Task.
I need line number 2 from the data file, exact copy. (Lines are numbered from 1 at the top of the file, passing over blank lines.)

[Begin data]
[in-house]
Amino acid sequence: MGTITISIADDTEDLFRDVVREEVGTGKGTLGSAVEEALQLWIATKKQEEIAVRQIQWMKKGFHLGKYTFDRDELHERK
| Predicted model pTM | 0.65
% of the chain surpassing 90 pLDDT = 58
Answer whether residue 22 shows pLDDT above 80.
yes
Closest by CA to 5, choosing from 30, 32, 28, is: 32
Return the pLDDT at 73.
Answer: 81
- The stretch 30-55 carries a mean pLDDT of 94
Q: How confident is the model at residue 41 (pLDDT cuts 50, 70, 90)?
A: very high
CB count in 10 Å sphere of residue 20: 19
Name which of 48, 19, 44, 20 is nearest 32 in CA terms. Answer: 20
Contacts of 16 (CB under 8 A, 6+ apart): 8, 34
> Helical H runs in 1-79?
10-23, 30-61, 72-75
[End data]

Amino acid sequence: MGTITISIADDTEDLFRDVVREEVGTGKGTLGSAVEEALQLWIATKKQEEIAVRQIQWMKKGFHLGKYTFDRDELHERK